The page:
over a year. See this link:
"This is a major security concern not just for the medical industry,
but for the whole IT sector. All of the efforts we're making to
increase network security and patching technologies aren't going
to fix the problem if vendors won't take responsibility for their
Windows based appliances. If you don't want to patch it, don't
"Some of these companies complain that testing is too expensive.
I don't mind them charging to test the updates, most of us pay
yearly maintenance fees on our appliances already. But it's
unacceptable to take that money and say 'sorry, your security
needs are irrelevant' or 'buy a firewall, you'll be fine'
(because we all know that firewalls will protect us from
anything--even the boogie man, right?). That's like saying
'Wear a seatbelt, that way you won't get hurt in a car crash.'
"The situation is even worse in the medical sector, where patients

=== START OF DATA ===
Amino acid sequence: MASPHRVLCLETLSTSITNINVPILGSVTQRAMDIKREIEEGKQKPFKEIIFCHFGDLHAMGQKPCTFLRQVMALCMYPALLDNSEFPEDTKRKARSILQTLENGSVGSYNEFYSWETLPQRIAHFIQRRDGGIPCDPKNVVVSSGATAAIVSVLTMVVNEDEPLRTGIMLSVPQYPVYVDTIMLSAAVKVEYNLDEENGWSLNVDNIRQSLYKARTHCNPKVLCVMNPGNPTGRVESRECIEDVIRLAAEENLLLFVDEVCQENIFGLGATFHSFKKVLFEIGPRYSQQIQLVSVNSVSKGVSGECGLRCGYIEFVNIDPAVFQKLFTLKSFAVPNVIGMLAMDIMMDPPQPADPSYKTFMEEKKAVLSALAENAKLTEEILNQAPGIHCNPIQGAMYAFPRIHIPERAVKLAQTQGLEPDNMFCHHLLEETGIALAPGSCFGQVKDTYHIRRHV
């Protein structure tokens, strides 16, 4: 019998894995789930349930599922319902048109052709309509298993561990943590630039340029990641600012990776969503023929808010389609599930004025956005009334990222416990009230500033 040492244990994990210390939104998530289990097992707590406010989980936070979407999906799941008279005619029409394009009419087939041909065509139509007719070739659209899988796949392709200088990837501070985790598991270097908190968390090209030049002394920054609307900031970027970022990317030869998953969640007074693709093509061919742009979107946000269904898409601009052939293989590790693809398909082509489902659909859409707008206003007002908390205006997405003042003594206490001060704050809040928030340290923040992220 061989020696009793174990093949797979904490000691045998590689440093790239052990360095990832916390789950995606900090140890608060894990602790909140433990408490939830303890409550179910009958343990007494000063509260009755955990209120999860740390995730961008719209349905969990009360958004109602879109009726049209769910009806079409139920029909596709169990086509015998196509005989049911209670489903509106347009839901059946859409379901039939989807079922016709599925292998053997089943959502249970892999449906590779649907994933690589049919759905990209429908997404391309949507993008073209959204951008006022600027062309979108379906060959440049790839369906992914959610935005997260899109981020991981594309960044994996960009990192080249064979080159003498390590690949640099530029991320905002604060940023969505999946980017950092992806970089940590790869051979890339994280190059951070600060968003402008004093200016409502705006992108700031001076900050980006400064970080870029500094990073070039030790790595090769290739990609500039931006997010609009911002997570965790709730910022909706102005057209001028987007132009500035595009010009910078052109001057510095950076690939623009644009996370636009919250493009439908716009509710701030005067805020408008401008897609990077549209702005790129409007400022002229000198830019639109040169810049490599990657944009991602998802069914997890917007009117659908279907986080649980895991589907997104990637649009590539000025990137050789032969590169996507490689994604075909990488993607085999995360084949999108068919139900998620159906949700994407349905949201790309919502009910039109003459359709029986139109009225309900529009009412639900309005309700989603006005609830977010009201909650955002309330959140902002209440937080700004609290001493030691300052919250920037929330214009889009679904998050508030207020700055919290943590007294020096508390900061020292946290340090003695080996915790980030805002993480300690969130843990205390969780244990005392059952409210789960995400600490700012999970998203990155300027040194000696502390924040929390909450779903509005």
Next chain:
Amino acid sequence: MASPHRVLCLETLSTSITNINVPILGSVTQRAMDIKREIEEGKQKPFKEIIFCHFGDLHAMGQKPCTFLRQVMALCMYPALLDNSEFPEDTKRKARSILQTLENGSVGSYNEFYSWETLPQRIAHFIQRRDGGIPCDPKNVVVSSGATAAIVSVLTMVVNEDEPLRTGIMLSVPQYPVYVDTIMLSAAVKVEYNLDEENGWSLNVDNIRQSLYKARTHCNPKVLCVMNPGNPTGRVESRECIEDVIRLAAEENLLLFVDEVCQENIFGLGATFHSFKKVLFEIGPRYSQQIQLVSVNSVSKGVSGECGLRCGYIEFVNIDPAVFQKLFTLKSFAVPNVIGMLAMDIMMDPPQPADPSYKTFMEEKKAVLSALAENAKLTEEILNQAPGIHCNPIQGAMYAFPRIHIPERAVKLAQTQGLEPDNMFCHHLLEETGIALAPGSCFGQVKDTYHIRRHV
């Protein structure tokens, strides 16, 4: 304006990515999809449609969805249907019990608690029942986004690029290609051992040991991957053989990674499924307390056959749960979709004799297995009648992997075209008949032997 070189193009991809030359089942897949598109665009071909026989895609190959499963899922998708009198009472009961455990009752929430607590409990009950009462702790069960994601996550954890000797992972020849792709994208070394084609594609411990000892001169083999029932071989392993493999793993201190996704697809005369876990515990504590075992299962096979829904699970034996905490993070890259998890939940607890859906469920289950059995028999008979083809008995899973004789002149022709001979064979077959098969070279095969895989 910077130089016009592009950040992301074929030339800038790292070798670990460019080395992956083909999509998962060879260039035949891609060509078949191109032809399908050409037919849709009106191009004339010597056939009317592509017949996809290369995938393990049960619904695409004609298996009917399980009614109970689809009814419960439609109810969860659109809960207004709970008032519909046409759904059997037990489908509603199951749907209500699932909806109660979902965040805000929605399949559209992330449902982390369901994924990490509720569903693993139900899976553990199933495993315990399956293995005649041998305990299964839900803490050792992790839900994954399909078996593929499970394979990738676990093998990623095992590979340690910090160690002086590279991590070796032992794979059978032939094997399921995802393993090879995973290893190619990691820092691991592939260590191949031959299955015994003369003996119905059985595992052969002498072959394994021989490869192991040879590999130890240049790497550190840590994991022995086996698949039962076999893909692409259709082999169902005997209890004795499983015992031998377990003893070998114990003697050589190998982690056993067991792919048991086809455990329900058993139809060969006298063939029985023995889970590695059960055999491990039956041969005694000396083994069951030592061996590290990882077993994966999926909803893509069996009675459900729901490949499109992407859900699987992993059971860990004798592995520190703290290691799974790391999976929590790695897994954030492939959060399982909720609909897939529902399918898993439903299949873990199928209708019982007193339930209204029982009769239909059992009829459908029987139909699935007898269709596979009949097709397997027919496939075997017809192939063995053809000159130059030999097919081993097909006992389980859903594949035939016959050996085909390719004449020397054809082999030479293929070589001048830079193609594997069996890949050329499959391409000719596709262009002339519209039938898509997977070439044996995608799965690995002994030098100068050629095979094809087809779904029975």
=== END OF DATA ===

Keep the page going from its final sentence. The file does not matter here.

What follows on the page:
lives are at stake. When the systems controlling medical devices
go unpatched, the next "killer app" in the virus world could be
just that. I don't mean to imply that Microsoft is responsible
(they do, after all, issue the patches) but I'd like to see
Redmond ask for some patching commitment from vendors who are
licensed to build Windows based devices. These vendors have a
responsibility that they're not living up to. I guess we'll have
to wait for the lawsuits to roll in after the first few ICUs go
down in order to get their attention. In the mean time, you won't
see me shopping for any more Windows based devices."
My suggestion: before you buy windows-based devices, carefully
check the record of that vendor regarding their patch policy and
check in the market with existing users how/if they keep up.